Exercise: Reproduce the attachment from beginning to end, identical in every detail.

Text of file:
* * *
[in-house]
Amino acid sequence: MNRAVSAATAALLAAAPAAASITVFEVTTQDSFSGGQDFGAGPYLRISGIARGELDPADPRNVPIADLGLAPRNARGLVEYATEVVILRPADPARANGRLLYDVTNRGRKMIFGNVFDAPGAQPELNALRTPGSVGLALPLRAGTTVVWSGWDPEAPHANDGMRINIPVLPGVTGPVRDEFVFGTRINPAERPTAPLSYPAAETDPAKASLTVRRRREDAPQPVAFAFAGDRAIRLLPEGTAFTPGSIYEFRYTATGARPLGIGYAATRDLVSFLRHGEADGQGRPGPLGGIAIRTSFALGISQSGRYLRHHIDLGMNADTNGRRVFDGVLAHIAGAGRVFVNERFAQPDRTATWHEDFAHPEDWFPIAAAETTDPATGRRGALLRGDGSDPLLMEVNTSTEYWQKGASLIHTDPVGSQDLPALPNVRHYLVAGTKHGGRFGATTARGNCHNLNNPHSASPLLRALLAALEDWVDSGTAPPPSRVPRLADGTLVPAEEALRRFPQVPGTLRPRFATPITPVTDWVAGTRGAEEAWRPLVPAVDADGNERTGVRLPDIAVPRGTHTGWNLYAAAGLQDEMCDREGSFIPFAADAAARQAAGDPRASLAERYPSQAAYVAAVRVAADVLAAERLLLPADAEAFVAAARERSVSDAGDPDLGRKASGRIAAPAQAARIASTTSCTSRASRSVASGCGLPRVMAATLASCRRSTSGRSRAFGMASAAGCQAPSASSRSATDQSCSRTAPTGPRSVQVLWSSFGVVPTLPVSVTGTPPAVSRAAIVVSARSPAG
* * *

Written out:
[in-house]
Amino acid sequence: MNRAVSAATAALLAAAPAAASITVFEVTTQDSFSGGQDFGAGPYLRISGIARGELDPADPRNVPIADLGLAPRNARGLVEYATEVVILRPADPARANGRLLYDVTNRGRKMIFGNVFDAPGAQPELNALRTPGSVGLALPLRAGTTVVWSGWDPEAPHANDGMRINIPVLPGVTGPVRDEFVFGTRINPAERPTAPLSYPAAETDPAKASLTVRRRREDAPQPVAFAFAGDRAIRLLPEGTAFTPGSIYEFRYTATGARPLGIGYAATRDLVSFLRHGEADGQGRPGPLGGIAIRTSFALGISQSGRYLRHHIDLGMNADTNGRRVFDGVLAHIAGAGRVFVNERFAQPDRTATWHEDFAHPEDWFPIAAAETTDPATGRRGALLRGDGSDPLLMEVNTSTEYWQKGASLIHTDPVGSQDLPALPNVRHYLVAGTKHGGRFGATTARGNCHNLNNPHSASPLLRALLAALEDWVDSGTAPPPSRVPRLADGTLVPAEEALRRFPQVPGTLRPRFATPITPVTDWVAGTRGAEEAWRPLVPAVDADGNERTGVRLPDIAVPRGTHTGWNLYAAAGLQDEMCDREGSFIPFAADAAARQAAGDPRASLAERYPSQAAYVAAVRVAADVLAAERLLLPADAEAFVAAARERSVSDAGDPDLGRKASGRIAAPAQAARIASTTSCTSRASRSVASGCGLPRVMAATLASCRRSTSGRSRAFGMASAAGCQAPSASSRSATDQSCSRTAPTGPRSVQVLWSSFGVVPTLPVSVTGTPPAVSRAAIVVSARSPAG